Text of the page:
391
i := 123
s := string(i) 

s is 'E', but what I want is "123"

Please tell me how can I get "123".

And in Java, I can do in this way:

String s = "ab" + "c"  // s is "abc"

how can I concat two strings in Go?

629

Use the strconv package's Itoa function.

For example:

package main

import (
    "strconv"
    "fmt"
)

func main() {
    t := strconv.Itoa(123)
    fmt.Println(t)
}

You can concat strings simply by +'ing them, or by using the Join function of the strings package.

  • 53
    Why did the language designers think that cryptic functions names like "Itoa" were preferable to something that might be a little more descriptive? – Luke Jul 17 '16 at 20:27
  • 14
    @luke it comes from the C heritage where the entire machine might have 256K memory; usability was sacrificed to fit more functionality in. The creators of Go are all deeply embedded in that heritage and feel entirely comfortable with these names. – Bryan Sep 29 '16 at 10:15
  • 72
    Putting history above accessibility and ease of learning is bad design IMO. :( – Luke Sep 29 '16 at 14:00
  • 18
    @Luke Depends on who your target users are and how strong the convention is. Some UIs still have a floppy disk as the Save icon :) – Nathron Nov 14 '16 at 23:43
  • 26
    for easy remembering name ItoA - Integer to ASCII – Ivan Aracki Feb 22 '18 at 11:51
119
fmt.Sprintf("%v",value);

If you know the specific type of value use the corresponding formatter for example %d for int

More info - fmt

  • 6
    fmt.Sprint(value) works too – stacker-baka Apr 16 '18 at 11:37
  • %d for int - this – scniro Jun 4 '18 at 20:41
39

It is interesting to note that strconv.Itoa is shorthand for

func FormatInt(i int64, base int) string

with base 10

For Example:

strconv.Itoa(123)

is equivalent to

strconv.FormatInt(int64(123), 10)
  • undefined: strconv in strconv.Itoa – Felo Vilches Jun 30 '17 at 5:10
  • 1
    @FeloVilches import "strconv" – kgthegreat Aug 14 '17 at 11:29
  • 1
    Interesting to note that calling FormatInt() directly instead of Itoa() saves 0.1 nanosecond according to the benchmark at stackoverflow.com/a/38077508/968244 – isapir Nov 17 '18 at 23:37
34

You can use fmt.Sprintf

See http://play.golang.org/p/bXb1vjYbyc for example.

34

fmt.Sprintf, strconv.Itoa and strconv.FormatInt will do the job. But Sprintf will use the package reflect, and it will allocate one more object, so it's not a good choice.

enter image description here

16

In this case both strconv and fmt.Sprintf do the same job but using the strconv package's Itoa function is the best choice, because fmt.Sprintf allocate one more object during conversion.

check the nenchmark result of both check the benchmark here: https://gist.github.com/evalphobia/caee1602969a640a4530

see https://play.golang.org/p/hlaz_rMa0D for example.

  • What's one more object going to do to the performance? – Boon Nov 7 '18 at 14:48
  • 1
    @Boon In visible impact to your app? As always - it depends. Another object means one more object, beyond the obvious temporary small memory hit, needs to be garbage collected. If you are calling the function at high rates, for example as part of some serialization process used whenever a message is received from somewhere, it could have a significant impact. Since fmt.Sprintf and strconv.iota are similar in terms of ease of use and the above data shows iota to be faster with lower GC impact, it appears that iota should be used in general when a single integer needs converting. – Edward Nov 14 '18 at 10:38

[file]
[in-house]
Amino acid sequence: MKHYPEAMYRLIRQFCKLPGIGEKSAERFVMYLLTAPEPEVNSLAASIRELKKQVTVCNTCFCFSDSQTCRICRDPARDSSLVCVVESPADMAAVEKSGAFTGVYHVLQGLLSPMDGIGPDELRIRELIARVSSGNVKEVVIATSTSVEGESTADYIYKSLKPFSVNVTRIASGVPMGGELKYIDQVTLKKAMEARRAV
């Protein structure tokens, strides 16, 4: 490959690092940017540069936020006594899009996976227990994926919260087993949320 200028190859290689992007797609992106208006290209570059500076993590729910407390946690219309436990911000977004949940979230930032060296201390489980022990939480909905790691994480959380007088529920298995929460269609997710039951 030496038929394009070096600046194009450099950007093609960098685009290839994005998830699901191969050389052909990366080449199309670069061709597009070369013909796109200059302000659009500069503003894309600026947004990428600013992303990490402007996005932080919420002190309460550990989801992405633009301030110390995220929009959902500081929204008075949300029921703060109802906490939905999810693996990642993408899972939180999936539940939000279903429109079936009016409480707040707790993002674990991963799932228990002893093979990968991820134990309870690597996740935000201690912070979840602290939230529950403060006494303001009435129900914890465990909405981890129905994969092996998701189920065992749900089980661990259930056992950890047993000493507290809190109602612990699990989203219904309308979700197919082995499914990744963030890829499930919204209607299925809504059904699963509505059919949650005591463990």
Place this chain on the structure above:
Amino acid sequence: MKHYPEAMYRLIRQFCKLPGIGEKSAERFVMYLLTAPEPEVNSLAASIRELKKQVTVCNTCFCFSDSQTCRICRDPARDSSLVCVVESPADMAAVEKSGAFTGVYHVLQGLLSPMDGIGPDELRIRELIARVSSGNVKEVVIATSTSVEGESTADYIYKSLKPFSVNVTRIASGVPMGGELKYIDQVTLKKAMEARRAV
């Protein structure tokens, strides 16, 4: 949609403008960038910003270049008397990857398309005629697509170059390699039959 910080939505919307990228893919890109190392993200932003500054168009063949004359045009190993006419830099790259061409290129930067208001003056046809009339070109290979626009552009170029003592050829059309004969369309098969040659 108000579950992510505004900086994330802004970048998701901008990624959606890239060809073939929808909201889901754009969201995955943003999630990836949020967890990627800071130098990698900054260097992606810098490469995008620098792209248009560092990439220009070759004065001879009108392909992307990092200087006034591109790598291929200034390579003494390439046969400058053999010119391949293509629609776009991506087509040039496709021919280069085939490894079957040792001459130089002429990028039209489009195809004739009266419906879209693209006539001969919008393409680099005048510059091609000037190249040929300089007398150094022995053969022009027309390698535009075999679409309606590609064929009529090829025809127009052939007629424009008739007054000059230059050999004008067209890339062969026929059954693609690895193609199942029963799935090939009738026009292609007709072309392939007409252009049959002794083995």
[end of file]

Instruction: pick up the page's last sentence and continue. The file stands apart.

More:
• Seems like premature optimization to me to be thinking at this level so soon. Best is to write readable code first. – Boon Nov 16 '18 at 17:44
  • @Boon They're equally readable. Might as well use the faster one. Also, what's to say a new Golang programmer isn't starting with something that does lots of these conversions? I'm an experienced programmer writing my first Golang code right now and am in that situation. – sudo Feb 20 at 0:15
4

Converting int64:

n := int64(32)
str := strconv.FormatInt(n, 10)

fmt.Println(str)
// Prints "32"
1

ok,most of them have shown you something good. Let'me give you this:

// ToString Change arg to string
func ToString(arg interface{}, timeFormat ...string) string {
    if len(timeFormat) > 1 {
        log.SetFlags(log.Llongfile | log.LstdFlags)
        log.Println(errors.New(fmt.Sprintf("timeFormat's length should be one")))
    }
    var tmp = reflect.Indirect(reflect.ValueOf(arg)).Interface()
    switch v := tmp.(type) {
    case int:
        return strconv.Itoa(v)
    case int8:
        return strconv.FormatInt(int64(v), 10)
    case int16:
        return strconv.FormatInt(int64(v), 10)
    case int32:
        return strconv.FormatInt(int64(v), 10)
    case int64:
        return strconv.FormatInt(v, 10)
    case string:
        return v
    case float32:
        return strconv.FormatFloat(float64(v), 'f', -1, 32)
    case float64:
        return strconv.FormatFloat(v, 'f', -1, 64)
    case time.Time:
        if len(timeFormat) == 1 {
            return v.Format(timeFormat[0])
        }
        return v.Format("2006-01-02 15:04:05")
    case jsoncrack.Time:
        if len(timeFormat) == 1 {
            return v.Time().Format(timeFormat[0])
        }
        return v.Time().Format("2006-01-02 15:04:05")
    case fmt.Stringer:
        return v.String()
    case reflect.Value:
        return ToString(v.Interface(), timeFormat...)
    default:
        return ""
    }
}
0
package main

import (
    "fmt" 
    "strconv"
)

func main(){
//First question: how to get int string?

    intValue := 123
    // keeping it in separate variable : 
    strValue := strconv.Itoa(intValue) 
    fmt.Println(strValue)

//Second question: how to concat two strings?

    firstStr := "ab"
    secondStr := "c"
    s := firstStr + secondStr
    fmt.Println(s)
}

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